“By human calculation, a thousand ages taken together is the duration of Brahma’s one day. And such also is the duration of his night.” (Lord Krishna, Bhagavad-gita, 8.17)
ahar yad brahmaṇo viduḥ
te ‘ho-rātra-vido janāḥ
Friend-One: I know the stress in the Bhagavad-gita is on the future, the eternal one at that.
Friend-Two: Yeah, for sure. It’s like knowing the difference between shreyas and preyas.
F1: And what is that?
F2: Preyas is the immediate result, like satisfaction in the short term. Think of it like craving ice cream and then going to eat it.
F1: Shreyas would then be the long-term benefit?
F2: Yeah, it’s like thinking ahead. If you know that ice cream gives you indigestion, then the preyas isn’t really worth the trouble. If you concentrate on shreyas instead, you are better off.
F1: I see. And that’s what the focus on the future is about, to worry over shreyas?
F2: Shreyas with respect to a particular object, namely the soul. Shreyas for the living entity accepting a temporary body may relate to having enough money in retirement, but the soul is transcendental to employment, retirement, leisure, study and other such circumstances.
F1: There is one issue I could see coming up. It’s pretty obvious, too. Why should you worry about shreyas for the soul when you’re not confident of what the future will be? No one knows what’s going to happen after we die, so why focus on that?
F2: Yes, if you don’t know then surely you’re going to be skeptical. You just have to know that the soul is eternal; from there you’ll see the reason for giving priority to the long-term benefit.
F1: Okay, let’s say that I agree with you about the soul. It is eternal, primeval, and not slain when the body is slain [Bg. 2.20]. I’ll take Krishna’s word for it [smiles].
F2: That’s not a bad person to trust. The Bhagavad-gita addresses the properties of the soul right at the outset. If you lack this fundamental knowledge, you won’t be able to understand the other important topics.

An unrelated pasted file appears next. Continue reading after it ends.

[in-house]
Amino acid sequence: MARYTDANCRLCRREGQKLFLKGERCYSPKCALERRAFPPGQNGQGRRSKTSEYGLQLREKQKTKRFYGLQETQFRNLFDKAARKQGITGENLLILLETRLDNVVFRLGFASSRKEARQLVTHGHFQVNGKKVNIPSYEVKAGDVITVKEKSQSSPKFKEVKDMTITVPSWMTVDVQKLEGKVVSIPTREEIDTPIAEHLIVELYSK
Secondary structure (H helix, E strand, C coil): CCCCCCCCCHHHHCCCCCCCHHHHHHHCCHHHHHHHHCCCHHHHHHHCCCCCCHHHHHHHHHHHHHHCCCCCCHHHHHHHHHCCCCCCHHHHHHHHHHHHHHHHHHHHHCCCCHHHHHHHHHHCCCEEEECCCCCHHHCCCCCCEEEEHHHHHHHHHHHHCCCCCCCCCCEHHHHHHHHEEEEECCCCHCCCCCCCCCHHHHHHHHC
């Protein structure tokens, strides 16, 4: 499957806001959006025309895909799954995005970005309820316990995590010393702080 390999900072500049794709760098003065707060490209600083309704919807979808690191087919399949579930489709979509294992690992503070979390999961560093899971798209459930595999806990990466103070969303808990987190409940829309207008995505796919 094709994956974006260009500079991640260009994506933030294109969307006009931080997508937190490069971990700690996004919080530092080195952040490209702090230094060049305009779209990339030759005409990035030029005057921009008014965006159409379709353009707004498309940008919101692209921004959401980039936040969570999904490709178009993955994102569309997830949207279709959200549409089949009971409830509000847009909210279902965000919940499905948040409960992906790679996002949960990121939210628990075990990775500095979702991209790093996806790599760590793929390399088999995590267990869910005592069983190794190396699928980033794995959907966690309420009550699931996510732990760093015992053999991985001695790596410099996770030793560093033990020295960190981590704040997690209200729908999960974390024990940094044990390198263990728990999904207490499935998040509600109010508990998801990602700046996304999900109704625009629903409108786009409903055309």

F1: So the soul is eternal. Let’s say I agree with you. Still, I am conscious right now. I know what makes me happy and what doesn’t. My soul will exist going into the future, so why should I worry so much about where it will go? I think it’s better to focus on what I can experience at present. Let me worry about what I can perceive.
F2: Ah, I like those words: at present. Not to be confused with the word “presently,” which actually refers to the immediate future. Like if you come to my office and I’m on the phone, I’ll say, “I’ll be with you presently.”
F1: [sarcastic]Thanks for the English lesson.
F2: No problem. Anyway, let’s focus on what you said: at present.
F2: Since you’re agreeing to the soul’s eternality, you won’t mind it if I say that you were around somewhere in the past. Let’s take five thousand years ago. You were somewhere. Agreed?
F2: Where were you?
F1: I have no clue.
F2: What were you doing?
F1: Again, no idea.
F2: If you were alive, you probably had things that you enjoyed and things you didn’t. You probably had desires and ways to satisfy them. Essentially, how you experience life at present is how you experienced it five thousand years ago.
F1: I mean the species might not have been the same, but I see what you’re saying. Yeah, it probably wasn’t that much different in terms of how things went.
F2: Okay, so chew on this fact: The present will some day be five thousand years in the past.
F1: Hmm, what do you mean?
F2: Everything you worry about right now, the things that you can perceive – this experience is guaranteed to become the distant past eventually. Just as you have no idea where you were five thousand years ago, five thousand years into the future you will have no idea where you were today. The preyas that you’re focused on now will mean absolutely nothing.